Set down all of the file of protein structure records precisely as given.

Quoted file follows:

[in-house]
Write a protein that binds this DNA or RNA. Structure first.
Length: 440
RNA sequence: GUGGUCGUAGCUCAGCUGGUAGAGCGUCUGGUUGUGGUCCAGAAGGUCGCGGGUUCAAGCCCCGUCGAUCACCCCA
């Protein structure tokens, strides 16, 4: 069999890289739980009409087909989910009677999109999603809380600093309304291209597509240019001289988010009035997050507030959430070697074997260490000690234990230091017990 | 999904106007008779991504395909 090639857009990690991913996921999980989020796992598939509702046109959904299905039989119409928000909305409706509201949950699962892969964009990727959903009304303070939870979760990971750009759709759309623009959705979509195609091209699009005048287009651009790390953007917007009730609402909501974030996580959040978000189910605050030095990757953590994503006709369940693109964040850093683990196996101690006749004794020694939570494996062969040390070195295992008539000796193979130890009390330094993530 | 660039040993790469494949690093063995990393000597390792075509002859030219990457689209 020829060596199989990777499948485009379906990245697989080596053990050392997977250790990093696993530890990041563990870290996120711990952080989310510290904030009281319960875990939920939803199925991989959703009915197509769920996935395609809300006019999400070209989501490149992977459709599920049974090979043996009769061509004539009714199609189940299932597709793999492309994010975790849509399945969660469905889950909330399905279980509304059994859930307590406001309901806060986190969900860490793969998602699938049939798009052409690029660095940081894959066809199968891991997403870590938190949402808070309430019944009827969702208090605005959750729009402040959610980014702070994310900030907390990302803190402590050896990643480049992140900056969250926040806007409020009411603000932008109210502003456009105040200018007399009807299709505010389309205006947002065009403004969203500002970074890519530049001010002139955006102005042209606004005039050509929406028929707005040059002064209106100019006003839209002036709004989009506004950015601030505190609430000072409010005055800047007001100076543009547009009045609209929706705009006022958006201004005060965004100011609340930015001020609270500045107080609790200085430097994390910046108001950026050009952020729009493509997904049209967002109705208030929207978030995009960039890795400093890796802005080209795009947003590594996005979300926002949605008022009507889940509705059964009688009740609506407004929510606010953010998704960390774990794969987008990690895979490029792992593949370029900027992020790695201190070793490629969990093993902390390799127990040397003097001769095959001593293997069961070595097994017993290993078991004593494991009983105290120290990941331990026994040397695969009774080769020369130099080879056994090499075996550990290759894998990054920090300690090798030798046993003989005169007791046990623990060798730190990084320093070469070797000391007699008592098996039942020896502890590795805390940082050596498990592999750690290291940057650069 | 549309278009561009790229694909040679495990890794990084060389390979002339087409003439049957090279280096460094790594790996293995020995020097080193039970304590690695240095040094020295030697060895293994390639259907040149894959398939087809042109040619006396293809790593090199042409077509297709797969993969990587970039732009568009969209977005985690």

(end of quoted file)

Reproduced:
[in-house]
Write a protein that binds this DNA or RNA. Structure first.
Length: 440
RNA sequence: GUGGUCGUAGCUCAGCUGGUAGAGCGUCUGGUUGUGGUCCAGAAGGUCGCGGGUUCAAGCCCCGUCGAUCACCCCA
């Protein structure tokens, strides 16, 4: 069999890289739980009409087909989910009677999109999603809380600093309304291209597509240019001289988010009035997050507030959430070697074997260490000690234990230091017990 | 999904106007008779991504395909 090639857009990690991913996921999980989020796992598939509702046109959904299905039989119409928000909305409706509201949950699962892969964009990727959903009304303070939870979760990971750009759709759309623009959705979509195609091209699009005048287009651009790390953007917007009730609402909501974030996580959040978000189910605050030095990757953590994503006709369940693109964040850093683990196996101690006749004794020694939570494996062969040390070195295992008539000796193979130890009390330094993530 | 660039040993790469494949690093063995990393000597390792075509002859030219990457689209 020829060596199989990777499948485009379906990245697989080596053990050392997977250790990093696993530890990041563990870290996120711990952080989310510290904030009281319960875990939920939803199925991989959703009915197509769920996935395609809300006019999400070209989501490149992977459709599920049974090979043996009769061509004539009714199609189940299932597709793999492309994010975790849509399945969660469905889950909330399905279980509304059994859930307590406001309901806060986190969900860490793969998602699938049939798009052409690029660095940081894959066809199968891991997403870590938190949402808070309430019944009827969702208090605005959750729009402040959610980014702070994310900030907390990302803190402590050896990643480049992140900056969250926040806007409020009411603000932008109210502003456009105040200018007399009807299709505010389309205006947002065009403004969203500002970074890519530049001010002139955006102005042209606004005039050509929406028929707005040059002064209106100019006003839209002036709004989009506004950015601030505190609430000072409010005055800047007001100076543009547009009045609209929706705009006022958006201004005060965004100011609340930015001020609270500045107080609790200085430097994390910046108001950026050009952020729009493509997904049209967002109705208030929207978030995009960039890795400093890796802005080209795009947003590594996005979300926002949605008022009507889940509705059964009688009740609506407004929510606010953010998704960390774990794969987008990690895979490029792992593949370029900027992020790695201190070793490629969990093993902390390799127990040397003097001769095959001593293997069961070595097994017993290993078991004593494991009983105290120290990941331990026994040397695969009774080769020369130099080879056994090499075996550990290759894998990054920090300690090798030798046993003989005169007791046990623990060798730190990084320093070469070797000391007699008592098996039942020896502890590795805390940082050596498990592999750690290291940057650069 | 549309278009561009790229694909040679495990890794990084060389390979002339087409003439049957090279280096460094790594790996293995020995020097080193039970304590690695240095040094020295030697060895293994390639259907040149894959398939087809042109040619006396293809790593090199042409077509297709797969993969990587970039732009568009969209977005985690």